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Tuesday, 11 October 1983
Page: 1553

Mr RONALD EDWARDS(4.53) —I understand that in the context of this sort of debate it is pertinent for honourable members opposite to make comments to try to reflect upon the initiatives in the Budget. I take those comments in good measure. I want to take some issue with one of the comments of the honourable member for Ryan (Mr Moore). He said that it appeared that we were only preoccupied with the public housing sector. Obviously, we have had to do a lot of work in the public sector because there has been a substantial increase in the homeless population in Australia, not just because of government policy but because of a number of other circumstances such as the economic recession and so on. Honourable members opposite have to acknowledge that some of the initiatives we have taken in the public sector have been necessary and quite important for the State governments in meeting their goals.

It is wrong to say that that has been our only target. We certainly have also had a target in developing the private sector. I say to the honourable member that the initiative that is embodied in the first home owners scheme, which goes back to the previous Goverment's home deposit assistance scheme, directs itself to the private sector. We are providing substantial catalyst money for the private sector to build houses. As the honourable member indicated in his remarks, that amounts to something like $7,000.

We are acting on the evidence of the industry. At the launch of the first home owners scheme-I was fortunate to be at that launch in Perth last Friday week-the Director of the Housing Industry Association in Western Australia said that this was the best housing package he had ever seen. That is not some socialist conspiracy; that is a piece of reality that the Housing Industry Association acknowledges. This comes about because the Minister for Housing and Construction (Mr Hurford) has consulted with his State counterparts and with the industry. The industry now recognises that the goods are being delivered. All the credit is not due to the Government. We recognise that in this sort of work we have a co-operative role to play. But it is true to say that we have really come up with a policy to which the Housing Industry Association has contributed. There have been extensive consultations with the industry. I compliment the Western Australia industry for its willingness to work with us on this matter.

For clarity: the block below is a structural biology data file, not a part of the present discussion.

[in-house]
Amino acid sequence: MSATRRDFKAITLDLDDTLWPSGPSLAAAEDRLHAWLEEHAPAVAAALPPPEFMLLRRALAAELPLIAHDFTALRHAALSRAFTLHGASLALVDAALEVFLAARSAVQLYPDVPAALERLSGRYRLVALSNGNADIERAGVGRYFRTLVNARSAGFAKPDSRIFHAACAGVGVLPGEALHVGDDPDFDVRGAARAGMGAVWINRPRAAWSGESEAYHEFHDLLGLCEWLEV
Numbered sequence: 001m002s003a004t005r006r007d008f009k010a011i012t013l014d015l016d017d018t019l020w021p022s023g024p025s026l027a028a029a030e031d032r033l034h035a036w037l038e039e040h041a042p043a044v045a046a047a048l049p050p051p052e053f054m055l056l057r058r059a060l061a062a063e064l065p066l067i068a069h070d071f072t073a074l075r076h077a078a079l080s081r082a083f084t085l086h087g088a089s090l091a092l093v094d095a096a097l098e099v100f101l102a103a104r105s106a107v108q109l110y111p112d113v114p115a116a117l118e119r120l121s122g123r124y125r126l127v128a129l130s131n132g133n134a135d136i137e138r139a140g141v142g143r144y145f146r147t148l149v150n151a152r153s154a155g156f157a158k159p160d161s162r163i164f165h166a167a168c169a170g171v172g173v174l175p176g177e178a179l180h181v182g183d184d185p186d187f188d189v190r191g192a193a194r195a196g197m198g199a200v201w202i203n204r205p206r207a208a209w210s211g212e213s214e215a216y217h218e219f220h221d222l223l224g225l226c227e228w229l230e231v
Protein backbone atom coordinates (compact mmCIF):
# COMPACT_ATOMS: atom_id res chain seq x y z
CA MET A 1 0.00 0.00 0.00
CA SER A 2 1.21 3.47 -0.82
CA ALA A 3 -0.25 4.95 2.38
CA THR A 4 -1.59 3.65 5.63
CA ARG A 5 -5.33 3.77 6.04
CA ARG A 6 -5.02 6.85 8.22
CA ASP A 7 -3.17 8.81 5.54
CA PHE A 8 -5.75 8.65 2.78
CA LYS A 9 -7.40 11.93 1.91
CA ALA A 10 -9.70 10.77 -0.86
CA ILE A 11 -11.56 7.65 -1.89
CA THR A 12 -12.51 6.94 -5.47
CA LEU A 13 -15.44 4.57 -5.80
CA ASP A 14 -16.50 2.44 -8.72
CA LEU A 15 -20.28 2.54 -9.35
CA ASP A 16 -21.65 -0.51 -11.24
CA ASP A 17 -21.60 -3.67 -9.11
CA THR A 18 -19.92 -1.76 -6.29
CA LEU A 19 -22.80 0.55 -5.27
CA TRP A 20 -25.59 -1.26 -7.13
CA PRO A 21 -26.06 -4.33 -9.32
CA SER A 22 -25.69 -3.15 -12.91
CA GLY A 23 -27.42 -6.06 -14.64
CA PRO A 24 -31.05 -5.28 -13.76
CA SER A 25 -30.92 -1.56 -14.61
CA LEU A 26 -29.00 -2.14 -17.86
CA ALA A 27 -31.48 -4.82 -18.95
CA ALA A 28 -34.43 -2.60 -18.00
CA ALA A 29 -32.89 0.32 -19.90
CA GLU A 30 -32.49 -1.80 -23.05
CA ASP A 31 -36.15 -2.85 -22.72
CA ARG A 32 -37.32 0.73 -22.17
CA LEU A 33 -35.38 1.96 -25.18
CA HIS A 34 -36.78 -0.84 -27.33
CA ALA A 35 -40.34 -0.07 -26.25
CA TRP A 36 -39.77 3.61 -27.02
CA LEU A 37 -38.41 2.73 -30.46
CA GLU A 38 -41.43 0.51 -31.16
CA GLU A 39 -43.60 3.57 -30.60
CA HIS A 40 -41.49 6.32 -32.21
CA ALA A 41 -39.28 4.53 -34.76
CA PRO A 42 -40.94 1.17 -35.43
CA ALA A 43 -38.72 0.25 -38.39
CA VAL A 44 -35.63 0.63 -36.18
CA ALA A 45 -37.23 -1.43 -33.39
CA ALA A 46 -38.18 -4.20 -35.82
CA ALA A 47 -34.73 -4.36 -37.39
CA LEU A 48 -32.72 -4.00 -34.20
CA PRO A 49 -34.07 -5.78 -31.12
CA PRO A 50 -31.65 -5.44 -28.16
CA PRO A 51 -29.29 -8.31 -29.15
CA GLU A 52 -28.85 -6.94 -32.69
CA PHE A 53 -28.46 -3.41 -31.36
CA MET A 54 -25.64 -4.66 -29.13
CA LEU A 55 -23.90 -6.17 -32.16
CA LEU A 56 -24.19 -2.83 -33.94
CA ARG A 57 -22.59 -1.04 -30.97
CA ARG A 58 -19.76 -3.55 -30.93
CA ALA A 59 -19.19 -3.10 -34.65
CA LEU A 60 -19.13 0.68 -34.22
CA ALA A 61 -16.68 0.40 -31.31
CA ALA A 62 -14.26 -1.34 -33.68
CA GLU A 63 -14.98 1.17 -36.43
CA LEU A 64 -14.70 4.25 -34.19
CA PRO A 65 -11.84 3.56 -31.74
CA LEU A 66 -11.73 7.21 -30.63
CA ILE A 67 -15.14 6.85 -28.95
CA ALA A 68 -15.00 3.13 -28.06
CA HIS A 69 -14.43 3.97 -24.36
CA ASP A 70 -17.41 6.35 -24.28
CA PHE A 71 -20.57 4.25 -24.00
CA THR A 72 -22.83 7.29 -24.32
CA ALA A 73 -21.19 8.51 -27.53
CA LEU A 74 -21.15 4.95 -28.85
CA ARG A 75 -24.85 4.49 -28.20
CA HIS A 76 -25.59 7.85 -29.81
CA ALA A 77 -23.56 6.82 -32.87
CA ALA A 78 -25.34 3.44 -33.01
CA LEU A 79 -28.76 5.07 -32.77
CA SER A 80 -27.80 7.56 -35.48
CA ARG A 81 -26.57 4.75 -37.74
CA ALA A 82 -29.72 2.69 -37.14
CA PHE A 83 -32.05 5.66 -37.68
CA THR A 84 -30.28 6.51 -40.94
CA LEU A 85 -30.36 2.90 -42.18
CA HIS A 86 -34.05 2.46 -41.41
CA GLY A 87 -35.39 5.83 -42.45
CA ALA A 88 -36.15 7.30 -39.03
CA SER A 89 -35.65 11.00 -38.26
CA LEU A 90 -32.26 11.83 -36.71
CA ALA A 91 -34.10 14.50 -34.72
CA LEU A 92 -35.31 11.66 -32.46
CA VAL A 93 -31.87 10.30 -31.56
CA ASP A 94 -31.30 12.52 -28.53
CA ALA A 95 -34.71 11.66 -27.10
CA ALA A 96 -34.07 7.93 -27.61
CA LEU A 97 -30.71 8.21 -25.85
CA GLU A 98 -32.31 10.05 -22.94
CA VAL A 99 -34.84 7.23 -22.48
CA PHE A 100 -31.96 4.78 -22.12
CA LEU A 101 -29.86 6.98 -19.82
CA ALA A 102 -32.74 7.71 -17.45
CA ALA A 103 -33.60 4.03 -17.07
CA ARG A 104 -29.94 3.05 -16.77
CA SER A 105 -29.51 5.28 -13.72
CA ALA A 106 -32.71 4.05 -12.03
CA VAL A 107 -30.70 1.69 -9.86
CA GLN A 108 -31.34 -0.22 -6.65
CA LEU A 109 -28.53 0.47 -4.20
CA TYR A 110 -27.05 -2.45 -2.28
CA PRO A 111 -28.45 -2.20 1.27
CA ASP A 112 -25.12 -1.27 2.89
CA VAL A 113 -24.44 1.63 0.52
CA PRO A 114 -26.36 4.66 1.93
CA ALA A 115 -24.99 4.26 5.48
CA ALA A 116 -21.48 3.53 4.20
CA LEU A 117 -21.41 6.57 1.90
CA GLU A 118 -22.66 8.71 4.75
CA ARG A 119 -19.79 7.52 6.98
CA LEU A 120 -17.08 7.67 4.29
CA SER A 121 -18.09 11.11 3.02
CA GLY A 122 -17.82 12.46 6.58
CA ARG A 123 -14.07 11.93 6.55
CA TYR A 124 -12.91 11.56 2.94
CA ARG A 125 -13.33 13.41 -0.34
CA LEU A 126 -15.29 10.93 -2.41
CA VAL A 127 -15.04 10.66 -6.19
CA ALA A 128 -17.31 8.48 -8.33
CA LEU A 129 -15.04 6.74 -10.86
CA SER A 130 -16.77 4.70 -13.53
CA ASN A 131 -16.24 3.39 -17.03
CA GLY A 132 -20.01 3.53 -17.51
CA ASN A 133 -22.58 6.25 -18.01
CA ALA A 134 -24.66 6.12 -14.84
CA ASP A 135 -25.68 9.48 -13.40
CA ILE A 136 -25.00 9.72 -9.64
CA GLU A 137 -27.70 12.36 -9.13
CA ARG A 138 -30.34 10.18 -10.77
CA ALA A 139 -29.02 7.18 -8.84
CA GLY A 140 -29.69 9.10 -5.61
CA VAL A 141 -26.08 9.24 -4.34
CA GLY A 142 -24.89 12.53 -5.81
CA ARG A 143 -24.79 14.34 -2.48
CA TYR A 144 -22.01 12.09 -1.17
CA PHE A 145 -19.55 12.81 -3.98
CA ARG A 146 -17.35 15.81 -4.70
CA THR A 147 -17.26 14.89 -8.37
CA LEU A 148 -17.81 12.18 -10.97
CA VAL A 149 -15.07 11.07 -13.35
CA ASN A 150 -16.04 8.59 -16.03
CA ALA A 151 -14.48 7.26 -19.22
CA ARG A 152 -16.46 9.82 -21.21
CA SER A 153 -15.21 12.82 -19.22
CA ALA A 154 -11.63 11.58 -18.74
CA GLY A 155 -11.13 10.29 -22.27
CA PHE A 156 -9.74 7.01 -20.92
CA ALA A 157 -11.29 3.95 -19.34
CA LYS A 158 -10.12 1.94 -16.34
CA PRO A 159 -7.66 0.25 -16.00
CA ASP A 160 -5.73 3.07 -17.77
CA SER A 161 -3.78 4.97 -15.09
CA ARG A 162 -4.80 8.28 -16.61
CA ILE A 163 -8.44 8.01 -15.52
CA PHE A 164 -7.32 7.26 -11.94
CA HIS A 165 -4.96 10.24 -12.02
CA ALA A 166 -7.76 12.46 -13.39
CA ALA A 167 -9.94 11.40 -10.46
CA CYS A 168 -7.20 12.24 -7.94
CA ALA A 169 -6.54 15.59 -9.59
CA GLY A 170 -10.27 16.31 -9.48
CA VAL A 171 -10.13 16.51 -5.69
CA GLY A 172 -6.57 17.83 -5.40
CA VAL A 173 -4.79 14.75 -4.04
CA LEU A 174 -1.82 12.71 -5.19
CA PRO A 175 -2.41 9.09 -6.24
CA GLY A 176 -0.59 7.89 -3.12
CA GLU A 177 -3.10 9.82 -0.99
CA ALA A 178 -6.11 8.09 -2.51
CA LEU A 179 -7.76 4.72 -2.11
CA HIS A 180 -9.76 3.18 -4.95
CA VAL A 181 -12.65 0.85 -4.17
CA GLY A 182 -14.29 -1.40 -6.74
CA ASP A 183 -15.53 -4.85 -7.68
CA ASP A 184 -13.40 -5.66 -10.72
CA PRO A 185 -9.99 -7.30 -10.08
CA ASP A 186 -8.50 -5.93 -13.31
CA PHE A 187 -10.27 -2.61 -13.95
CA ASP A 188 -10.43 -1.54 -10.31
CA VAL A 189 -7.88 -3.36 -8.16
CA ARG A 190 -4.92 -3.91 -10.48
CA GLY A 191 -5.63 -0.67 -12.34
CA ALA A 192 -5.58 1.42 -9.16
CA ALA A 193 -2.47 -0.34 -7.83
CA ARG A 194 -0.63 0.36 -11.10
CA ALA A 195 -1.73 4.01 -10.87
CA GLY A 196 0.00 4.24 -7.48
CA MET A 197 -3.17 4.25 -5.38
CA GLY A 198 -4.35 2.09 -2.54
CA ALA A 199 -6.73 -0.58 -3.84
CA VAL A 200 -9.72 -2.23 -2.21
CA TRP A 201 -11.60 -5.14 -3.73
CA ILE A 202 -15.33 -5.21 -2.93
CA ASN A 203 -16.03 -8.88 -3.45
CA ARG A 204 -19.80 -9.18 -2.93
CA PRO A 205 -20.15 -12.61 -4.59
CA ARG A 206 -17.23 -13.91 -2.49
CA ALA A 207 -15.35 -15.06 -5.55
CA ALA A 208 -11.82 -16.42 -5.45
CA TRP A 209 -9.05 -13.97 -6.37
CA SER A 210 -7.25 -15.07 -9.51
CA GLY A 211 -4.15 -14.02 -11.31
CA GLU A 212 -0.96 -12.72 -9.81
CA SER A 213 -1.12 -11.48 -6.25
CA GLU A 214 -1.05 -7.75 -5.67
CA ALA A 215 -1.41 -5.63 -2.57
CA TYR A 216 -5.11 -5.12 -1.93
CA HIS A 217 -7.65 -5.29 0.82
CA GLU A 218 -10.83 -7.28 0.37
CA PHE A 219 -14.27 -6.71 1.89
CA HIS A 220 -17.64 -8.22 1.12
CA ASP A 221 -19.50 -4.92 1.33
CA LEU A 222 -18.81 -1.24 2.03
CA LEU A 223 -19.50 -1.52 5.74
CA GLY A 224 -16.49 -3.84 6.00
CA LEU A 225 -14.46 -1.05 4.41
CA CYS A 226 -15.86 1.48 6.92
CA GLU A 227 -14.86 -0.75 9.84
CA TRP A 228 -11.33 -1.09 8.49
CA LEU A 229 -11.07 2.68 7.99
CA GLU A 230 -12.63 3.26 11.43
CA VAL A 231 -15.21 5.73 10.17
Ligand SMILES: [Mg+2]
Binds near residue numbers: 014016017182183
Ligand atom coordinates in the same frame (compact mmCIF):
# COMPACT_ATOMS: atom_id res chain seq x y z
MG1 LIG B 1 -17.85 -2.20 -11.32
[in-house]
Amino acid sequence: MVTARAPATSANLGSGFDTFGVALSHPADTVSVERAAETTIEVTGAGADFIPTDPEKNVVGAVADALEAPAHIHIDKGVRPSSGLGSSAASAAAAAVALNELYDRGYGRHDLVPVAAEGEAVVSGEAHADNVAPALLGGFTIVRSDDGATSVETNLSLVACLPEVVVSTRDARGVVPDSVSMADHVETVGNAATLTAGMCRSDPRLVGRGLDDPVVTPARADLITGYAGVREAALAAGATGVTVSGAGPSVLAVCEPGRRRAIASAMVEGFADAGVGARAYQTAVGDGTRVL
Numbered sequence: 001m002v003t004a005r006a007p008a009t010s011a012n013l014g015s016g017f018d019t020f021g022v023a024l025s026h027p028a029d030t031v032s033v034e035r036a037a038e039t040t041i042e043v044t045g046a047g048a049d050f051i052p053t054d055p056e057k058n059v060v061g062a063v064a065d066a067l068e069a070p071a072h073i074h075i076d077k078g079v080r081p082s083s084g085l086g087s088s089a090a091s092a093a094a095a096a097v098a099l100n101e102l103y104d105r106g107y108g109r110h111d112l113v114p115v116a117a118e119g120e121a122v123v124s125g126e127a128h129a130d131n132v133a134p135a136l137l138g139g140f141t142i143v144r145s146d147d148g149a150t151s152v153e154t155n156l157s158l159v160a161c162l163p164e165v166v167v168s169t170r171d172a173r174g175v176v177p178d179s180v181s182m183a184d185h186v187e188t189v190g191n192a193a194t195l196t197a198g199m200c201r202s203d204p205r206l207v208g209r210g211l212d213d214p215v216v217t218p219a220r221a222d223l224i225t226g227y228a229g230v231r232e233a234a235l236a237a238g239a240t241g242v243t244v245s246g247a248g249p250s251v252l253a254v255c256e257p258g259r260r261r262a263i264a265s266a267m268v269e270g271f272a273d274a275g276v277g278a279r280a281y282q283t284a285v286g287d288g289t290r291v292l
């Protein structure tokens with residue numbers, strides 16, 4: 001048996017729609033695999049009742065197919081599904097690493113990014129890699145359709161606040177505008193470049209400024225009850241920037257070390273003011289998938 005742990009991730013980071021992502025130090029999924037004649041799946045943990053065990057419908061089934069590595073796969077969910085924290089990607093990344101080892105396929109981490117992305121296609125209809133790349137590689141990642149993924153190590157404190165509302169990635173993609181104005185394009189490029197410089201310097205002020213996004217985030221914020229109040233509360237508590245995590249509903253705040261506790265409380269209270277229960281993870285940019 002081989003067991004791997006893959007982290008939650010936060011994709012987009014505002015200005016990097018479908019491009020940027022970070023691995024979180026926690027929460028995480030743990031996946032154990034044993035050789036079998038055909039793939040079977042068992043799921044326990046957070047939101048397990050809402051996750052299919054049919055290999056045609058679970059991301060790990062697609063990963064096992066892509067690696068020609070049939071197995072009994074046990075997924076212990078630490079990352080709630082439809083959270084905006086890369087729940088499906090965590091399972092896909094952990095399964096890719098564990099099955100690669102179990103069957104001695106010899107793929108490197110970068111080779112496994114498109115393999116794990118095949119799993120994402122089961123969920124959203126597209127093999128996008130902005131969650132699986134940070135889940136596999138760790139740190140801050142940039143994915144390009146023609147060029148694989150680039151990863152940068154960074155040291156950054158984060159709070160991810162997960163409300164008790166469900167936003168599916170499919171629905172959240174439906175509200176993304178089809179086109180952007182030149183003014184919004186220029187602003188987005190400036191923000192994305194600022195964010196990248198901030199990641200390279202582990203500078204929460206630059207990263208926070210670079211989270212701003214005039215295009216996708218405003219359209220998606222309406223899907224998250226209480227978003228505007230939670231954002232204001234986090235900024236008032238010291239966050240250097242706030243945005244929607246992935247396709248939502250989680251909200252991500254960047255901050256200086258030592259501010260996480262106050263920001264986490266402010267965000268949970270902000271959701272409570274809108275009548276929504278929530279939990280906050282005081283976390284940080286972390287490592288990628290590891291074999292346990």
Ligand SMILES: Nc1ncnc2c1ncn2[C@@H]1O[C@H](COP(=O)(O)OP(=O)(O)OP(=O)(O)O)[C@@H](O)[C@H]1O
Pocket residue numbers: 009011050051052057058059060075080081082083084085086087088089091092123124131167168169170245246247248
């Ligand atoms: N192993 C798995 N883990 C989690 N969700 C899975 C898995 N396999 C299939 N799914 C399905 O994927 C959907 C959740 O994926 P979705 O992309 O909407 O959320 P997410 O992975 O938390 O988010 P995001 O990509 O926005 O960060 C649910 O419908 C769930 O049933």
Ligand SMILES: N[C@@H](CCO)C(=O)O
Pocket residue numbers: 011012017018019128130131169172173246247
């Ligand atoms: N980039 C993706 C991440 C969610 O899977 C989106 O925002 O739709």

I have spoken in this place previously about the sorts of people we work through. I can talk about people such as Harvey McLeod of the Master Builders Association in Perth, Jack Richards of the building societies and Bill Brewer of Westpac. I have already mentioned David Stephens. I mention also Gavin Forster of the Master Builders Association and David Fisher of the Rural and Industries Bank. We can go on and talk about the co-operation that was engendered. This is not imaginary co-operation; this is substantial support for a policy. I mention also John Hawkins of the Perth Building Society, Ron Smith of Collier Homes, Bruce Brotherson and Derek Park of REIWA. Bruce Brotherson is the Registrar of the Building Societies.

The evidence since we amended the previous Government's scheme-that is since we removed the savings component in August-shows a substantial increase in activity , so much so that the Real Estate Institute of Western Australia in the month of August had sales in excess of 400. That was the first time in its history that it had had such a sales performance. I think that is a fair indication performance. It is easy to get up in this place and say it is all due to our winning the America's Cup. Obviously some performance in the future will be due to that, but at the moment the foundations have been laid for a substantial increase in housing performance. That comes about because we have a Minister who is prepared to consult and to do things that the previous Government, in its time, was not prepared to do.

Honourable members opposite have taken issue with the removal of the savings component. We are not trying to get people into housing who are spendthrifts. Look at economic experience. There was a decline in overtime worked in industry. When there is a decline in overtime worked, there is a decline in people's savings. Consequent upon that decline in savings locked out of the housing market were many people we would very much want to get into housing. The experience since that time and the level of inquiries at the storefront offices of the Department of Housing and Construction show that there has been a substantial increase in activity. That activity is coming from exactly the income groups whom we have targeted.